The film version of Over the Hedge is co-directed by Tim Johnson, the co-director of DreamWorks’ Antz, Sinbad: Legend of the Seven Seas and Home, and by Karey Kirkpatrick, who makes his directorial debut, having previously written screenplays for films like The Rescuers Down Under (1990), James and the Giant Peach (1996), Honey, We Shrunk Ourselves (1997), Chicken Run (2000), The Little Vampire (2000), The Hitchhiker’s Guide to the Galaxy (2005), Charlotte’s Web (2006), The Spiderwick Chronicles (2008), the English-language version of From Up on Poppy Hill (2011) and The Smurfs 2 (2013). Kirkpatrick subsequently went onto direct the live-action fantasy Imagine That (2009).
Over the Hedge‘s winning point is the likeability of the central characters. Bruce Willis is RJ, who has the familiar character arc of the artful dodger who comes to learn the virtue of honesty and decency, while Garry Shandling is the cautious Verne who has an equally familiar arc of the cautiously conservative character who gives warnings about the cocky newcomer that are not heeded and eventually learns to loosen up. (In many ways, the characters of RJ and Verne mirror Woody and Buzz Lightyear in Toy Story (1995) – the cocky charismatic figure who is adored by the plebs and the usurped leader who is resenting the newcomer and voicing warnings all along the way). One thing about Over the Hedge is its eye-opening voice cast – all the way from Nick Nolte (who naturally plays the gruff bear) to teen pop idol Avril Lavigne as the possum’s daughter and Iranian stand-up comic Omid Djalili who is cast for some reason as a French-accented cat. And then there is genre legend William Shatner who still manages to give a hammy performance even when cast as an animated possum.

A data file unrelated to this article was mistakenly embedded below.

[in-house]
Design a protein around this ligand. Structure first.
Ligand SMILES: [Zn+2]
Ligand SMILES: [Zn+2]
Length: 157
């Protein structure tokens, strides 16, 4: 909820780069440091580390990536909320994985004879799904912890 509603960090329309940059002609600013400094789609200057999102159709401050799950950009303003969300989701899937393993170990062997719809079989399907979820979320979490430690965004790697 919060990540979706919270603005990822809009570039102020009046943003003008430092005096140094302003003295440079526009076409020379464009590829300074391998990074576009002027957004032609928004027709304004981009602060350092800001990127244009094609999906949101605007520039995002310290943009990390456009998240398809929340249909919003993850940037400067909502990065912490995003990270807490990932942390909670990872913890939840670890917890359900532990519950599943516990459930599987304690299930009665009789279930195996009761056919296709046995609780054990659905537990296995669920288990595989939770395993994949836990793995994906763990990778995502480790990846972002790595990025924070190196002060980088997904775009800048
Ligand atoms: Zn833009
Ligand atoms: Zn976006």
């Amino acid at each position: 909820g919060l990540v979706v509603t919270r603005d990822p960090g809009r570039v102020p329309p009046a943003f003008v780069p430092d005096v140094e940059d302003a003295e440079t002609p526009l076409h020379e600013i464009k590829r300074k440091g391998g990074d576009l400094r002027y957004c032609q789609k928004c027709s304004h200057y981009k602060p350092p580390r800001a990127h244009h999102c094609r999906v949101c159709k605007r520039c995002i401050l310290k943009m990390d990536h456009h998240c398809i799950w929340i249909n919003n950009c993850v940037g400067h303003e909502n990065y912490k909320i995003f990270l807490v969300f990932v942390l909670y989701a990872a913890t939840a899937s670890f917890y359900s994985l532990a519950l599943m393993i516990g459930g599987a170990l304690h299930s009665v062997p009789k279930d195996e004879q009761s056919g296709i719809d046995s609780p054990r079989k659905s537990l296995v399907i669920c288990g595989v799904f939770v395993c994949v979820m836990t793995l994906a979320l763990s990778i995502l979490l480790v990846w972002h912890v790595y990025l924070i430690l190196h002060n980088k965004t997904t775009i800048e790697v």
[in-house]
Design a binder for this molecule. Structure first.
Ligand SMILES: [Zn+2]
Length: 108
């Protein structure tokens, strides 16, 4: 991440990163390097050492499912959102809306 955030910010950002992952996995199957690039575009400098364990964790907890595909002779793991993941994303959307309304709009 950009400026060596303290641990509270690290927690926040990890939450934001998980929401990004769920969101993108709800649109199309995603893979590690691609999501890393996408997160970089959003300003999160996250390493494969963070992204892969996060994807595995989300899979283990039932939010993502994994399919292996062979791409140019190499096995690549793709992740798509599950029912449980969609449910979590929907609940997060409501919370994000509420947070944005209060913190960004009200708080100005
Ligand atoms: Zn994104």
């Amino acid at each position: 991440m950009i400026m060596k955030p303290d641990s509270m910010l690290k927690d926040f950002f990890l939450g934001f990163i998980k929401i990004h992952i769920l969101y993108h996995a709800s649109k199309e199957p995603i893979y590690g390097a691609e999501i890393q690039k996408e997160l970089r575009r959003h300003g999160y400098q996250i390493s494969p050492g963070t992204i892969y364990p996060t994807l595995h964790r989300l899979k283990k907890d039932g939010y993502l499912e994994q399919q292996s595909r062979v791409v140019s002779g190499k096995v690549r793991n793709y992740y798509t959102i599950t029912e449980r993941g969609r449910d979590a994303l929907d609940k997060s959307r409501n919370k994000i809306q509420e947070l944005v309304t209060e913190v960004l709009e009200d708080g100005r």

The film replaces the comic-strip’s wry observations on human culture with these character arcs and the animals’ associated adventures. There is some of the strip’s satire during RJ’s tour of the suburban development where he sees everything that the humans do in terms of food, but otherwise the film is largely a caper comedy. On the minus side, Johnson and Kirkpatrick play up the slapstick angle to what often feels like a frenetic level – the opening scenes with RJ’s attempt to rob the bear’s cave going wrong; Verne’s venture behind the hedge for the first time, encountering garden gnomes and sprinklers, being used as a hockey puck and even riding in a toy car; the sequence with the trolley of food being pursued by a dog, ending up in a rocket journey that takes off up into the sky with RJ and Verne having to parachute back to Earth on a tattered umbrella; and the climactic scenes with the animals taking over and driving an armoured truck as the bear batters its way around the outside. These, particularly the trolley/brolly sequence, have an enjoyable energy, although the silliness of the set-pieces eventually becomes tiresome. Overall though, Over the Hedge has a fun and energy that makes it a likeable, good-natured film.
The quality of the animation is expectedly excellent. Indeed, watching Over the Hedge on the big screen, one is taken aback at the almost photographic clarity of detail in the various characters and settings. Happily, Over the Hedge is one DreamWorks film – unlike Shark Tale and Shrek 2 (2004) – that resists the ample opportunity that must have been offered by all the food labels present to insert copious amounts of product placement. That said, the film still manages to offer family audiences the dubious message of being wholly in favour of the benefits of junkfood. At least in the popular cultural in-reference department, Over the Hedge‘s quotes play to a much more older audience than most animated films with in-joke references to classics such as Citizen Kane (1941) and A Streetcar Named Desire (1951).